HBM Issues In AI Systems


All systems face limitations, and as one limitation is removed, another is revealed that had remained hidden. It is highly likely that this game of Whac-A-Mole will play out in AI systems that employ high-bandwidth memory (HBM). Most systems are limited by memory bandwidth. Compute systems in general have maintained an increase in memory interface performance that barely matches the gains in... » read more

How Much Power Will AI Chips Use?


AI and machine learning have voracious appetites when it comes to power. On the training side, they will fully utilize every available processing element in a highly parallelized array of processors and accelerators. And on the inferencing side they, will continue to optimize algorithms to maximize performance for whatever task a system is designed to do. But as with cars, mileage varies gre... » read more

Power Management Becomes Top Issue Everywhere


Power management is becoming a bigger challenge across a wide variety of applications, from consumer products such as televisions and set-top-boxes to large data centers, where the cost of cooling server racks to offset the impact of thermal dissipation can be enormous. Several years ago, low-power design was largely relegated to mobile devices that were dependent on a battery. Since then, i... » read more

Implementing Strong Security For AI/ML Accelerators


A number of critical security vulnerabilities affecting high-performance CPUs identified in recent years have rocked the semiconductor industry. These high-profile vulnerabilities inadvertently allowed malicious programs to access sensitive data such as passwords, secret keys and other secure assets. The real-world risks of silicon complexity The above-mentioned vulnerabilities are primaril... » read more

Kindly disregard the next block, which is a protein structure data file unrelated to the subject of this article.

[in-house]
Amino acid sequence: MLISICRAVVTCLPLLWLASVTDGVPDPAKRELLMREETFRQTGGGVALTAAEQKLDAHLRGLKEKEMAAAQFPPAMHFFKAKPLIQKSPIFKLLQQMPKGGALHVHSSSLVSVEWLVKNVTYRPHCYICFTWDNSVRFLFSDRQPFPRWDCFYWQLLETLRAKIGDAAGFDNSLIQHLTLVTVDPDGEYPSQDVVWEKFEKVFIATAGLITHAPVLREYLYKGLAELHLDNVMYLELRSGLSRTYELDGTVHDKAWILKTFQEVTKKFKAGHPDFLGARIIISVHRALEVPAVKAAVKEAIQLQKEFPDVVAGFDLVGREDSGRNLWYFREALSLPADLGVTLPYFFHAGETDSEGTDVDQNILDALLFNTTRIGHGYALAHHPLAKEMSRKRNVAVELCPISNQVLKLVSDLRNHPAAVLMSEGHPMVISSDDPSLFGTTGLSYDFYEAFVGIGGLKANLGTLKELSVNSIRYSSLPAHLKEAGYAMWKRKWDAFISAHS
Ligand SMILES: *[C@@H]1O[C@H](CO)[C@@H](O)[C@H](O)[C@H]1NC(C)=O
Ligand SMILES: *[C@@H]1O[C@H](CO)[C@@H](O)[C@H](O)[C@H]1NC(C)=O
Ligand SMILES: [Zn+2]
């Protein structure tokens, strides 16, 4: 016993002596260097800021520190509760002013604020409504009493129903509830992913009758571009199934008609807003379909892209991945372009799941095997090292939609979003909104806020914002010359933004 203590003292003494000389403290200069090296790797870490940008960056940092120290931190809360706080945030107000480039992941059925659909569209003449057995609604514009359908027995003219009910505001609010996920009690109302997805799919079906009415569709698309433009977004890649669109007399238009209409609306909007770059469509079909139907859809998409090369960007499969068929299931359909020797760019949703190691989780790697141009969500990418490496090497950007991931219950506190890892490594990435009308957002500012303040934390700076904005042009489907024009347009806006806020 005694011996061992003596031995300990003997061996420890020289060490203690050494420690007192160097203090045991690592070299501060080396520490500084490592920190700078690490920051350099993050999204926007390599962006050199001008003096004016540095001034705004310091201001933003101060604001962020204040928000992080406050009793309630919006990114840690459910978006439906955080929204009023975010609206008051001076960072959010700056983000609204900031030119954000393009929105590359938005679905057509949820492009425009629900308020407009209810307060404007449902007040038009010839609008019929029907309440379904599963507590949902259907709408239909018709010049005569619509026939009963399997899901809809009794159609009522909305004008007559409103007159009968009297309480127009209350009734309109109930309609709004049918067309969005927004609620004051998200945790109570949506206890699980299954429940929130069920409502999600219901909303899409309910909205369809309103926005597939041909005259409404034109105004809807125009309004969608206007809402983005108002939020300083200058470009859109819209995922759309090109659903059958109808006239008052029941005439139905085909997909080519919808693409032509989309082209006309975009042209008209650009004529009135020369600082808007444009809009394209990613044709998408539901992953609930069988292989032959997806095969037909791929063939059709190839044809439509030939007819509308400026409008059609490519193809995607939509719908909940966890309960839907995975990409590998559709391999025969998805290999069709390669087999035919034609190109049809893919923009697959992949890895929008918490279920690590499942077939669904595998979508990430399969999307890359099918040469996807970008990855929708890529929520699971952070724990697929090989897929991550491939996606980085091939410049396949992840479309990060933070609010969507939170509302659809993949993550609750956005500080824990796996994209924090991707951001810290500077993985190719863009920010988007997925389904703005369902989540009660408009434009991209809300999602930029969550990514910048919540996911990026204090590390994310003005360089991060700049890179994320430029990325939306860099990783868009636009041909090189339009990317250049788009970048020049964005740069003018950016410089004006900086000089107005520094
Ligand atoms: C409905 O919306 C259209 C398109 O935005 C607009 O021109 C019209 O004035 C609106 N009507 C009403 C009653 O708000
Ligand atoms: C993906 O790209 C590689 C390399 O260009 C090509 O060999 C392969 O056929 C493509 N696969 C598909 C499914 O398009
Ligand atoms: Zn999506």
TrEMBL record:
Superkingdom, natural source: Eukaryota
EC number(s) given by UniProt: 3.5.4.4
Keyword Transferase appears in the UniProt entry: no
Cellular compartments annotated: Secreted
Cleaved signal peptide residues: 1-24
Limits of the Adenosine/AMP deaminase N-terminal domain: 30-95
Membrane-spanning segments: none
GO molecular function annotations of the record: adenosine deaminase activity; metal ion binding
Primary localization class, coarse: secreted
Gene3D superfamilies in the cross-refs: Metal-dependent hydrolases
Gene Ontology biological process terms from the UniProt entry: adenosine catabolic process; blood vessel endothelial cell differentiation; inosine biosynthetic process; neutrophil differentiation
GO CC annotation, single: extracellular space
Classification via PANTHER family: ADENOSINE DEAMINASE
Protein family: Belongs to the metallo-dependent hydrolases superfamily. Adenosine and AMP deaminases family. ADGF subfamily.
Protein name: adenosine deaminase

Chip Design Is Getting Squishy


So many variables, uncertainties and new approaches are in play today across the chip industry today that previous rules are looking rather dated. In the past, a handful of large companies or organizations set the rules for the industry and established an industry roadmap. No such roadmap exists today. And while there are efforts underway to create new roadmaps for different industries, inte... » read more

The Challenges Of Building Inferencing Chips


Putting a trained algorithm to work in the field is creating a frenzy of activity across the chip world, spurring designs that range from purpose-built specialty processors and accelerators to more generalized extensions of existing and silicon-proven technologies. What's clear so far is that no single chip architecture has been deemed the go-to solution for inferencing. Machine learning is ... » read more

The MCU Dilemma


The humble microcontroller is getting squeezed on all sides. While most of the semiconductor industry has been able to take advantage of Moore's Law, the MCU market has faltered because flash memory does not scale beyond 40nm. At the same time, new capabilities such as voice activation and richer sensor networks are requiring inference engines to be integrated for some markets. In others, re... » read more

Blog Review: Feb. 12


Complexity is growing by process node, by end application, and in each design. The latest crop of blogs points to just how many dependencies and uncertainties exist today, and what the entire supply chain is doing about them. Mentor's Shivani Joshi digs into various types of constraints in PCBs. Cadence's Neelabh Singh examines the complexities of verifying a lane adapter state machine in... » read more

Big Growth Areas: Connectivity, AI, Reliability


Connectivity and artificial intelligence (AI) will be the biggest drivers for 2020, with an emphasis on improved reliability across all areas. New standards, new applications, and new pressures being placed on old technology will created boundless opportunities for those ready to fill the need. Of course, there will also be a lot of carnage along the way, and we can expect to see a lot of that ... » read more

Scaling, Packaging, And Partitioning


Prior to the finFET era, most chipmakers either focused on shrinking or packaging, but they rarely did both. Going forward, the two will be inseparable, and that will lead to big challenges with partitioning of data and processing. The key driver here, of course, is that device scaling no longer provides appreciable benefits in power, performance and cost. Nevertheless, scaling does provide ... » read more

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